|Chamber of Deputies|
|1921||304,719 (7th)||4.6||15 / 535||15||Amedeo Bordiga|
|1924||268,191 (6th)||3.6||19 / 535||4||Antonio Gramsci|
|1929||banned||-||0 / 400||19||Antonio Gramsci|
|1934||banned||-||0 / 400||-||Palmiro Togliatti|
|1946||4,356,686 (3rd)||18.9||104 / 556||104||Palmiro Togliatti|
|1948||8,136,637 (2nd)||31.0||130 / 574||26||Palmiro Togliatti|
|1953||6,120,809 (2nd)||22.6||143 / 590||13||Palmiro Togliatti|
|1958||6,704,454 (2nd)||22.7||140 / 596||3||Palmiro Togliatti|
|1963||7,767,601 (2nd)||25.3||166 / 630||26||Palmiro Togliatti|
|1968||8,557,404 (2nd)||26.9||177 / 630||11||Luigi Longo|
|1972||9,072,454 (2nd)||27.1||179 / 630||2||Enrico Berlinguer|
|1976||12,622,728 (2nd)||34.4||228 / 630||49||Enrico Berlinguer|
|1979||11,139,231 (2nd)||30.4||201 / 630||27||Enrico Berlinguer|
|1983||11,032,318 (2nd)||29.9||198 / 630||3||Enrico Berlinguer|
|1987||10,254,591 (2nd)||26.6||177 / 630||24||Alessandro Natta|
|Senate of the Republic|
|1948||6,969,122 (2nd)||30.8||50 / 237||–||Palmiro Togliatti|
|1953||6,120,809 (2nd)||22.6||56 / 237||6||Palmiro Togliatti|
|1958||6,704,454 (2nd)||22.2||60 / 246||4||Palmiro Togliatti|
|1963||6,933,842 (2nd)||25.2||84 / 315||24||Palmiro Togliatti|
|1968||8,583,285 (2nd)||30.0||101 / 315||17||Luigi Longo|
|1972||8,475,141 (2nd)||28.1||94 / 315||7||Enrico Berlinguer|
|1976||10,640,471 (2nd)||33.8||116 / 315||22||Enrico Berlinguer|
|1979||9,859,004 (2nd)||31.5||109 / 315||7||Enrico Berlinguer|
|1983||9,579,699 (2nd)||30.8||107 / 315||2||Enrico Berlinguer|
|1987||9,181,579 (2nd)||28.3||101 / 315||6||Alessandro Natta|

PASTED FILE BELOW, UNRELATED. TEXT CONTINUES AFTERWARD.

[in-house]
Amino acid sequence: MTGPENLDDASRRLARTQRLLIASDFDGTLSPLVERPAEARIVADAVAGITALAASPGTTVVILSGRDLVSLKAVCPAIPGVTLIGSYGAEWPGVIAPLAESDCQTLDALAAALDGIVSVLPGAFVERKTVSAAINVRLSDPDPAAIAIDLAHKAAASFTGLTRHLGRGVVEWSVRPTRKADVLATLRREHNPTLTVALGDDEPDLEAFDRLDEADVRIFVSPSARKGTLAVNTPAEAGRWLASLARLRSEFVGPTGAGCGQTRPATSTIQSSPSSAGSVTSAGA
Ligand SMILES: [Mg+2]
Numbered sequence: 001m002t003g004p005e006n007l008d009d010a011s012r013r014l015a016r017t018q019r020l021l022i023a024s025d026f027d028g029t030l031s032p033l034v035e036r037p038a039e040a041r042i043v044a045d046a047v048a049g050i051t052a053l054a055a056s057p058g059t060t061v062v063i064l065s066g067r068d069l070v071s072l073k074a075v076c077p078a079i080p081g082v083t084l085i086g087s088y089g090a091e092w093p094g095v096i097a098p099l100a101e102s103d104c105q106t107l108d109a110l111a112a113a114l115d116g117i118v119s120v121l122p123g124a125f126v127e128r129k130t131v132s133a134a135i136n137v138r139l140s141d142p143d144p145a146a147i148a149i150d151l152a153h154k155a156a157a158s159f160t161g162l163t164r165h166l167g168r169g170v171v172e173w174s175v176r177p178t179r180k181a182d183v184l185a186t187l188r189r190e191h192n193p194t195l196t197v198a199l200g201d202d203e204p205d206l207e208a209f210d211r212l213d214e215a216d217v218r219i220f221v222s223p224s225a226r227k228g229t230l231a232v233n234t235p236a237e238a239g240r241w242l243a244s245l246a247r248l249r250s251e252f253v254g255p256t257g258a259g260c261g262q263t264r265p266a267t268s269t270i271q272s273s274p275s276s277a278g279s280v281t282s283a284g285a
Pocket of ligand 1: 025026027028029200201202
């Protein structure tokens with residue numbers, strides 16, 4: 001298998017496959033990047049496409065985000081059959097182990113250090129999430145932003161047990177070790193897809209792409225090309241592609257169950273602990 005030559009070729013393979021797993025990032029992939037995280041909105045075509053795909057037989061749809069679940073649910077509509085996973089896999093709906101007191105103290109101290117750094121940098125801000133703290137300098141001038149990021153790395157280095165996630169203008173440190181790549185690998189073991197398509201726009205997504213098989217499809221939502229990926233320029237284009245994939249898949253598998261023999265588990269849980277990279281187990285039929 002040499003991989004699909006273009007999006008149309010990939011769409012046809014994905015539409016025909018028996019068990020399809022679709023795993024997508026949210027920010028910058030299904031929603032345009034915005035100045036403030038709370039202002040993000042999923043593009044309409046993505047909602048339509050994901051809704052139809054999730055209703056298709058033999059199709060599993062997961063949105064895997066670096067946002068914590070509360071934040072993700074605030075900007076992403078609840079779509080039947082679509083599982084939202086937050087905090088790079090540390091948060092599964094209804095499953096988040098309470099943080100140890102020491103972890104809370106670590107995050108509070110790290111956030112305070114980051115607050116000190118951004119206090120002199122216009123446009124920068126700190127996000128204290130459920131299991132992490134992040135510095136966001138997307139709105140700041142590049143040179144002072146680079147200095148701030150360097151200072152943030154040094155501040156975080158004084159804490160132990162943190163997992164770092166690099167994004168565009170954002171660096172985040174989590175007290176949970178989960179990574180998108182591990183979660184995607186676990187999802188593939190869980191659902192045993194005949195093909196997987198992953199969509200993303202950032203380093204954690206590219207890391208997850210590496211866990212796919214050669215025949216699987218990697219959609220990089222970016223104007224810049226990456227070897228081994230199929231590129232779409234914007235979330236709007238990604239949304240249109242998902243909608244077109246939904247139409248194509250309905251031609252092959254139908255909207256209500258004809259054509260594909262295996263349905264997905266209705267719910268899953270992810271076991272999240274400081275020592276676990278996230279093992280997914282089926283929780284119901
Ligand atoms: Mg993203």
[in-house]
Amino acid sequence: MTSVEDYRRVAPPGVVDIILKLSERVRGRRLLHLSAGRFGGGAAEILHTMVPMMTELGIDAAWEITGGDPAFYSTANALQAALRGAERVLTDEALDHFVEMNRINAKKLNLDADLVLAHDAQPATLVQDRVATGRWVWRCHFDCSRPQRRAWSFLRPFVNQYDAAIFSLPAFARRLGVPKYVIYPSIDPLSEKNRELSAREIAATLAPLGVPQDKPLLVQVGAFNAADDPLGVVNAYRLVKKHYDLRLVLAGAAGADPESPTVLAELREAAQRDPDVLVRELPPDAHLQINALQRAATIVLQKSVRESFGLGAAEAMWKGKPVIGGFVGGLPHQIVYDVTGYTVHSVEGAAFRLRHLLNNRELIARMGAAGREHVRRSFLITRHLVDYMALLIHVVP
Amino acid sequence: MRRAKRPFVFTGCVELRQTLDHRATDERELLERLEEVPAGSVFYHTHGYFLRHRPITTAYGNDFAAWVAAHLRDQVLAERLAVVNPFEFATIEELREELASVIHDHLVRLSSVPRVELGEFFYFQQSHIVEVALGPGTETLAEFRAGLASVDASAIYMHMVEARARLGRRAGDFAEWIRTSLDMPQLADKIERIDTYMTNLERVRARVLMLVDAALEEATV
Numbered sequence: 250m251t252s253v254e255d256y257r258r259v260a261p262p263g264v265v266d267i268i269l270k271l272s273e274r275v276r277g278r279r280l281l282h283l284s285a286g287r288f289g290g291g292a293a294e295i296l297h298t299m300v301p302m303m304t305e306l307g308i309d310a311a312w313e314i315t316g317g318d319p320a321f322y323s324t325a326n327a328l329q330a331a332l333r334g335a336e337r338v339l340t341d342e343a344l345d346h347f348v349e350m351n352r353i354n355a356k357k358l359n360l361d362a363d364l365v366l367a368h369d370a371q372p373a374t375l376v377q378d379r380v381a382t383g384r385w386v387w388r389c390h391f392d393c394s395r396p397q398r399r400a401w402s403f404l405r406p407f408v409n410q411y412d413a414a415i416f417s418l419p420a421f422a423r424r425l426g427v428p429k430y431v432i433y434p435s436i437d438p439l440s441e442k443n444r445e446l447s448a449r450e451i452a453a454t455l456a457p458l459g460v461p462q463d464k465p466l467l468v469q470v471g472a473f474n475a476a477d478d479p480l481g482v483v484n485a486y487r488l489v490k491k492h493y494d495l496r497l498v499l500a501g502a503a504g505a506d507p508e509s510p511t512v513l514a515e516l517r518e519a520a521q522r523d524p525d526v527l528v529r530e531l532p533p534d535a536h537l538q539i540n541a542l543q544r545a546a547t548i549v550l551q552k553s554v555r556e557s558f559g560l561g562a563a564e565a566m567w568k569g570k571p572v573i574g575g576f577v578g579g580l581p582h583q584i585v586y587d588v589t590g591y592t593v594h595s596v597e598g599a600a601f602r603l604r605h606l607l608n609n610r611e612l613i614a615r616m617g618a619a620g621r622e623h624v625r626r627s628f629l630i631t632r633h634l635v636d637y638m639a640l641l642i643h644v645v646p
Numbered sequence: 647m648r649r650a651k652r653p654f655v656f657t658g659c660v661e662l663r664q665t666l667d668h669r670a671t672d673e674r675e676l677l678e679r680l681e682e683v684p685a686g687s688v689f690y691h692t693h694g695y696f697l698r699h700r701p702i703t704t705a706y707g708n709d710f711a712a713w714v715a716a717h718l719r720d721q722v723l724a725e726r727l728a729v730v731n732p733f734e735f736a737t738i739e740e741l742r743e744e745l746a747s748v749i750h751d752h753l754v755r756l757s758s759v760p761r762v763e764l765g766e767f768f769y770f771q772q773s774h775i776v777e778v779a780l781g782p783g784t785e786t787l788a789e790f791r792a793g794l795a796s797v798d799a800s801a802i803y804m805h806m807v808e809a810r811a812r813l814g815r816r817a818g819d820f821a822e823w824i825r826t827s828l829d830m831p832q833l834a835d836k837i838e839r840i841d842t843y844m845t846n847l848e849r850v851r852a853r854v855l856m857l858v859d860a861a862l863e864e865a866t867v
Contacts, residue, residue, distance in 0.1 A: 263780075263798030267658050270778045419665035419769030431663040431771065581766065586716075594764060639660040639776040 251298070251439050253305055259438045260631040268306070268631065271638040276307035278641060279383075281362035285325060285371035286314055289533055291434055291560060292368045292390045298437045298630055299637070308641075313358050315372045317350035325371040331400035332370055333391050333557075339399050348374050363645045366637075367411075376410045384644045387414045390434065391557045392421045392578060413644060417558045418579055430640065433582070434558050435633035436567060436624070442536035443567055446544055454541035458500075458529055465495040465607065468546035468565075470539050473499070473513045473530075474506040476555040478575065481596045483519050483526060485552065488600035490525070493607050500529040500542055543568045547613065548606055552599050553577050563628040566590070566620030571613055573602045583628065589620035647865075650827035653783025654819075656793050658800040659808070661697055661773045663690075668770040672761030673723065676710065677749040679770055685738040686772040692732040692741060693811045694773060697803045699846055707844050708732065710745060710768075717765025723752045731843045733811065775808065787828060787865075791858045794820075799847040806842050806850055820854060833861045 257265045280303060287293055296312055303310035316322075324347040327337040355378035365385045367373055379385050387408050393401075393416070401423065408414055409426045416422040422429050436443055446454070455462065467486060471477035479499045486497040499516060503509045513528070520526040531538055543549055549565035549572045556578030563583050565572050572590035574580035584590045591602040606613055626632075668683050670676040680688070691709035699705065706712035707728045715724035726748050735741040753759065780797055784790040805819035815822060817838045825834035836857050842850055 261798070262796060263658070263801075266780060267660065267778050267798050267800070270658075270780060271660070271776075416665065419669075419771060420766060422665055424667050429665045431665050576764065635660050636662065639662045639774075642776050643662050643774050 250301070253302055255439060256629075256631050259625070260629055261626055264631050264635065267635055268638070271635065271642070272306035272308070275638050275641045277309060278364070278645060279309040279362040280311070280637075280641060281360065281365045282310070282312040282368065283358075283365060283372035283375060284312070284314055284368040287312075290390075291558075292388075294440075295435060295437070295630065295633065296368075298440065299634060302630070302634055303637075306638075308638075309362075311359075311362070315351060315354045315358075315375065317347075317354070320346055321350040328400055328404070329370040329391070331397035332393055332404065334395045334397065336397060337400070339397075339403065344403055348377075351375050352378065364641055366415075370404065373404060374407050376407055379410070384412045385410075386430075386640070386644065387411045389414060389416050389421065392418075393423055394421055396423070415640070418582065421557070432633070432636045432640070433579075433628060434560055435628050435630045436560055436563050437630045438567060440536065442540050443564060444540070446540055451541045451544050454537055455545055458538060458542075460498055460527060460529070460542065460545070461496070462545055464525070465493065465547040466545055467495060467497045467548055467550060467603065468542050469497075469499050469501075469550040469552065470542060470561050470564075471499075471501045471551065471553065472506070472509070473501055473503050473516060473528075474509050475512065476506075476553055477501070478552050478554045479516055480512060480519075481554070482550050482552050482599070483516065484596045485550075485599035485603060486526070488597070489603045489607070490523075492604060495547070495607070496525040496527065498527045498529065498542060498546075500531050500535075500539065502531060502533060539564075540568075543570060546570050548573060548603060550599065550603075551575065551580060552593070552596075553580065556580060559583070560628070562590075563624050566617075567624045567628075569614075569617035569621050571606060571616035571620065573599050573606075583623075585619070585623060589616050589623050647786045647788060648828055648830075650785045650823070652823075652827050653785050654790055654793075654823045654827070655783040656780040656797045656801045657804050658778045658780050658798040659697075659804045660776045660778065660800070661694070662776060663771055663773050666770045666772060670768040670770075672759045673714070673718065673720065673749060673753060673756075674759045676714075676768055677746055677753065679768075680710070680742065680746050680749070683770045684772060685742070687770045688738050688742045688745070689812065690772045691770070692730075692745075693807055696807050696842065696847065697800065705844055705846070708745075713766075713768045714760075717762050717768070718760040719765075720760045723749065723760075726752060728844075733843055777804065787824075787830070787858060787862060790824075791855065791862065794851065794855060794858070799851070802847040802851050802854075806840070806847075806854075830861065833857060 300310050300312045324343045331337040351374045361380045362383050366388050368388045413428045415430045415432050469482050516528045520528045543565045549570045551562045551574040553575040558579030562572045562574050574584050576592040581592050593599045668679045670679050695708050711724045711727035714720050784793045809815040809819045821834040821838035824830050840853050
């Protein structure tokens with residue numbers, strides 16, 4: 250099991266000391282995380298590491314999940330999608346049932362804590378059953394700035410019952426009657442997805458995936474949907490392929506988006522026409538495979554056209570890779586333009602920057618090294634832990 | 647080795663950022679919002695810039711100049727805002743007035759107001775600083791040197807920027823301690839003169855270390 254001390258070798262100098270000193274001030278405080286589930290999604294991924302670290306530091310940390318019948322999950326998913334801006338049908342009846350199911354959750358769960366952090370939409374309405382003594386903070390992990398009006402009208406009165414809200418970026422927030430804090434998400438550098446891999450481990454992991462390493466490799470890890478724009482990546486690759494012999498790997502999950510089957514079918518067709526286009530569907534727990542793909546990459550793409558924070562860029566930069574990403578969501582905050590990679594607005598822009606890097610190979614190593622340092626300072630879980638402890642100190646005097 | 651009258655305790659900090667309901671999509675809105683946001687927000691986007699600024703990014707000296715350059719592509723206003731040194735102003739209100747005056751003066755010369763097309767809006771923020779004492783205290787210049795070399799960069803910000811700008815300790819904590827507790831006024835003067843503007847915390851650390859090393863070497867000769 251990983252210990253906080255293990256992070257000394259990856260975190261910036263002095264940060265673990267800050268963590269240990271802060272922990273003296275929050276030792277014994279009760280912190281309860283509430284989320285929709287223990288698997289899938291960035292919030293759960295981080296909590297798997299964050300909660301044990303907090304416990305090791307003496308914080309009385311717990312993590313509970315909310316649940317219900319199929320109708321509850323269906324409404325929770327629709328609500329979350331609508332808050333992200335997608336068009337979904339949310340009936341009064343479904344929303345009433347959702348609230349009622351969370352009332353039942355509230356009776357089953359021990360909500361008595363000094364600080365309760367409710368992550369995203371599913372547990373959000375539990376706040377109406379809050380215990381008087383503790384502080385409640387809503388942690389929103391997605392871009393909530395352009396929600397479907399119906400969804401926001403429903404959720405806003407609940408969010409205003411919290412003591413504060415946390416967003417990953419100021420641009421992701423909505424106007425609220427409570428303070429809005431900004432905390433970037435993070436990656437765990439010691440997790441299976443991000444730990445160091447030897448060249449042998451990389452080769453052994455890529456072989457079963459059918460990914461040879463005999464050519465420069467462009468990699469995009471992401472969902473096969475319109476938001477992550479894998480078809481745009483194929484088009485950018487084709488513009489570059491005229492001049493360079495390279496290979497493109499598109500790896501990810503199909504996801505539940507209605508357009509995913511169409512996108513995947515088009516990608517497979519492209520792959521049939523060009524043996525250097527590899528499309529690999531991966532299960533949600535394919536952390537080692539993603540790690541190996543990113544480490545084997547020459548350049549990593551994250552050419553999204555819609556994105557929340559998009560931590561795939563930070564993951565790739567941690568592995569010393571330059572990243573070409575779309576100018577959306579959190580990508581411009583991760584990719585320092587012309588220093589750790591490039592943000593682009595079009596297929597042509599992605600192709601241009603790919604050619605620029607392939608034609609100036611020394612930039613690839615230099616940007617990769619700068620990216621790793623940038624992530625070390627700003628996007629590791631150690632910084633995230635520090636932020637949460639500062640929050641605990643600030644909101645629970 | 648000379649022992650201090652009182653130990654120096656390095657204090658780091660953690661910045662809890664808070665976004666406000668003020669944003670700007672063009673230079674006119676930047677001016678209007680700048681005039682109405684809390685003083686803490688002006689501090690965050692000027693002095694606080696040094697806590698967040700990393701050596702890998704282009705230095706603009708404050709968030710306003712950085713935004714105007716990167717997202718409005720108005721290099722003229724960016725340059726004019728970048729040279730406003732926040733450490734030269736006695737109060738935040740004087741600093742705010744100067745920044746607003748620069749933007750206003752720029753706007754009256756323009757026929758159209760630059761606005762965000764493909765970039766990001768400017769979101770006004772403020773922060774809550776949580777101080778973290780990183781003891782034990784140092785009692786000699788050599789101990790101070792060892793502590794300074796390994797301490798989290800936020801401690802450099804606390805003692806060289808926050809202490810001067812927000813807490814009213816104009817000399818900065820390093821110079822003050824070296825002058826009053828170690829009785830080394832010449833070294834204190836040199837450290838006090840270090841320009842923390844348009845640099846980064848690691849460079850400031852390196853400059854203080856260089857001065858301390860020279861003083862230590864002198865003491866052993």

|1979||10,361,344 (2nd)||29.6||24 / 81||–||Enrico Berlinguer|
|1984||11,714,428 (1st)||33.3||27 / 81||3||Alessandro Natta|
|1989||9,598,369 (2nd)||27.6||22 / 81||5||Achille Occhetto|
- Secretary: Antonio Gramsci (1926), Camilla Ravera (1927–1930), Palmiro Togliatti (1930–1934), Ruggero Grieco (1934–1938), Palmiro Togliatti (1938–1964), Luigi Longo (1964–1972), Enrico Berlinguer (1972–1984), Alessandro Natta (1984–1988), Achille Occhetto (1988–1991)
- President: Luigi Longo (1972–1980), Alessandro Natta (1989–1990), Aldo Tortorella (1990–1991)
- Leader in the Chamber of Deputies: Luigi Longo (1946–1947), Palmiro Togliatti (1947–1964), Pietro Ingrao (1964–1972), Alessandro Natta (1972–1979), Fernando Di Giulio (1979–1981), Giorgio Napolitano (1981–1986), Renato Zangheri (1986–1990), Giulio Quercini (1990–1991)
- Leader in the Senate: Mauro Scoccimarro (1948–1958), Umberto Terracini (1958–1973), Edoardo Pema (1973–1986), Gerardo Chiaromonte (1983–1986), Ugo Pecchioli (1986–1991)
- Leader in the European Parliament: Giorgio Amendola (1979–1980), Guido Fanti (1980–1984), Giovanni Cervetti (1984–1989), Luigi Alberto Colajanni (1989–1991)
Credits to the contents of this page go to the authors of the corresponding Wikipedia page: en.wikipedia.org/wiki/Italian Communist Party.